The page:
Single-family rooms vs. open-bay unit: new study reveals differences in psychological well-being of parents of very preterm babies depending on type of NICU design

In a study from Norway, researchers compared depression, anxiety, stress and attachment scores in parents of very preterm babies who were accommodated either in a single-family room (SFR) or in an open-bay (OB) unit.

Single-family room in the Children’s Hospital Dritter Orden Passau (c) Marcel Peda, pedagrafie

When a child is born preterm, parents often suffer from the immediate and lengthy separation from their babies in the hospital. As our instincts are programmed to take care of our offspring, separation in this early stage might result in distress and fear in parents who cannot be with their babies.

There are mainly two different models of accommodation: Single-family rooms (SFRs) are rooms in which the baby has a private room, enabling the parents to be with the baby 24 hours a day. SFRs are provided with all the necessary medical equipment and nursery care. In open-bay units, on the other hand, doctors and nurses care for many babies in a large room, typically separated only by curtains. If babies are hospitalised in open-bay units, parents spend much less time there and usually do not spend the night. However, previous studies suggested that SFRs might increase parental distress.

The researchers of this study have now investigated if SFRs do actually have a negative impact on the stress level of parents. For this purpose, they asked parents of very preterm babies hospitalised in either a SFR or an OB unit to fill in questionnaires. The survey was conducted in two Norwegian hospitals and 132 parents (mother and fathers) participated.

The main results of this study:

  • In SFRs, during the first week after birth, both parents were present on the average 20 hours per day. Parents in OB units, on the other hand, stayed only for a mean of 4 hours with their baby in the first week after birth.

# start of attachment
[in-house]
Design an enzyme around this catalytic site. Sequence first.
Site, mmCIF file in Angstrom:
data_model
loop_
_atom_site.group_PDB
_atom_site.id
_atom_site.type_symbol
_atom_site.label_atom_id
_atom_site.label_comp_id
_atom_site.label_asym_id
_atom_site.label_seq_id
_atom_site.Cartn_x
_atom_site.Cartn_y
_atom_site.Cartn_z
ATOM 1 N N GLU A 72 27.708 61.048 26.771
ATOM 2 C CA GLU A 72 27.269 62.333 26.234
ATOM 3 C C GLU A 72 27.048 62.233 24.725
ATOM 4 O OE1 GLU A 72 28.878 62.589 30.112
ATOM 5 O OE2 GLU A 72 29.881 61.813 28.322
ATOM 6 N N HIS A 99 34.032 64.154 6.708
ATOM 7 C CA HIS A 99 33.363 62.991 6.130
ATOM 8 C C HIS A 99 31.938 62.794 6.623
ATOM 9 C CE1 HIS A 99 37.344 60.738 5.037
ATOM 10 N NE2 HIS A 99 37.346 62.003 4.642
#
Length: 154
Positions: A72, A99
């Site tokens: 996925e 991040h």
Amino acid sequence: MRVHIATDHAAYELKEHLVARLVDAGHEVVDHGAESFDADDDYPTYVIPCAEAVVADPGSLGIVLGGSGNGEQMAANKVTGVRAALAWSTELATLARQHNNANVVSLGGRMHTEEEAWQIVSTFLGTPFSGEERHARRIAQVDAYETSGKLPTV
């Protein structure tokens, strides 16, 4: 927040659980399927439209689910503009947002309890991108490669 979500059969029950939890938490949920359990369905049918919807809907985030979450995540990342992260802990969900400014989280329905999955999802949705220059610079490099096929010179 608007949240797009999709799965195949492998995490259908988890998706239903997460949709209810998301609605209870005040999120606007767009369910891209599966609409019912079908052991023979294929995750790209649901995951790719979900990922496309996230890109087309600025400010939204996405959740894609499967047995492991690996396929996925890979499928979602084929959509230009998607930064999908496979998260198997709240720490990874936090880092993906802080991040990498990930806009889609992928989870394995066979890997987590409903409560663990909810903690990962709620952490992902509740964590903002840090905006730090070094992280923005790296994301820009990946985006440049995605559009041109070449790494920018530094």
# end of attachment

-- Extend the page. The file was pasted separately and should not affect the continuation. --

• When looking at a longer timeframe between birth and 34 weeks postmenstrual age (weeks counted from the first day of the last menstrual period), the study shows that parents with preterm babies in a SFR stayed for 21 hours (mothers) and 16 hours (fathers) on the average. Mothers and fathers in OB units spent time with their baby on the average for 7 and 5 hours respectively.
  • When compared to parents in the OB unit, parents in SFRs had a lower risk of depression and stress.
  • The increased participation of fathers in the SFRs from the day of birth was particularly surprising, as such a strong presence had never been reported before.
  • There were high scores on parental attachment in both groups.
  • There were no differences in stress and anxiety levels and attachment scores after discharge from the hospital between the SFR and the OB unit group.

The researchers conclude that the continuous presence of the parents in SFRs does not increase parental stress. At the contrary, the risk of depression and stress dropped in those parents who stayed with their babies most of the day and night. The researchers also suggest that the constant closeness of the parents may improve the health outcomes of the babies. The researchers therefore call for increased efforts to facilitate parental presence and participation in the NICU.

Parent psychological wellbeing in a single-family room versus an open bay neonatal intensive care unit
Tandberg BS, Flacking R, Markestad T, Grundt H, Moen A
PLoS One. 2019 Nov 5;14(11)